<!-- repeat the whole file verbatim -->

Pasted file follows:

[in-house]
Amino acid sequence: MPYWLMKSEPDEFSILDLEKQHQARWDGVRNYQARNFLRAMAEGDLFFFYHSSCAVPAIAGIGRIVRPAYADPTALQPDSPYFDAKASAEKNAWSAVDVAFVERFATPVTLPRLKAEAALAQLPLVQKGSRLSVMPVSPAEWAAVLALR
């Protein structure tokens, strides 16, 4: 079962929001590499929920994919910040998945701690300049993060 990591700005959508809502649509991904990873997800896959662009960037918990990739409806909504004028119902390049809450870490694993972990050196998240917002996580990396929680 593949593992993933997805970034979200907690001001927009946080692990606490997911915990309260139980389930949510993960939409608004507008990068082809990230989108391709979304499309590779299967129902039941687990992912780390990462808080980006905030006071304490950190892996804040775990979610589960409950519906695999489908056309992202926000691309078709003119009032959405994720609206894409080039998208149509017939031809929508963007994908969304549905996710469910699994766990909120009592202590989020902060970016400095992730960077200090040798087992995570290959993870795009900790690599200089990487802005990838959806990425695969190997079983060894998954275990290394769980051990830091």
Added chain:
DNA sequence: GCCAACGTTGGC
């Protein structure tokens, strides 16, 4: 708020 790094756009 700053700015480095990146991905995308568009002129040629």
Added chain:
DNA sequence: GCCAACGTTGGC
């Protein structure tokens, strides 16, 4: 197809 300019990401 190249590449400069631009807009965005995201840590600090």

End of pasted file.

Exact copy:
[in-house]
Amino acid sequence: MPYWLMKSEPDEFSILDLEKQHQARWDGVRNYQARNFLRAMAEGDLFFFYHSSCAVPAIAGIGRIVRPAYADPTALQPDSPYFDAKASAEKNAWSAVDVAFVERFATPVTLPRLKAEAALAQLPLVQKGSRLSVMPVSPAEWAAVLALR
């Protein structure tokens, strides 16, 4: 079962929001590499929920994919910040998945701690300049993060 990591700005959508809502649509991904990873997800896959662009960037918990990739409806909504004028119902390049809450870490694993972990050196998240917002996580990396929680 593949593992993933997805970034979200907690001001927009946080692990606490997911915990309260139980389930949510993960939409608004507008990068082809990230989108391709979304499309590779299967129902039941687990992912780390990462808080980006905030006071304490950190892996804040775990979610589960409950519906695999489908056309992202926000691309078709003119009032959405994720609206894409080039998208149509017939031809929508963007994908969304549905996710469910699994766990909120009592202590989020902060970016400095992730960077200090040798087992995570290959993870795009900790690599200089990487802005990838959806990425695969190997079983060894998954275990290394769980051990830091």
Added chain:
DNA sequence: GCCAACGTTGGC
């Protein structure tokens, strides 16, 4: 708020 790094756009 700053700015480095990146991905995308568009002129040629």
Added chain:
DNA sequence: GCCAACGTTGGC
């Protein structure tokens, strides 16, 4: 197809 300019990401 190249590449400069631009807009965005995201840590600090």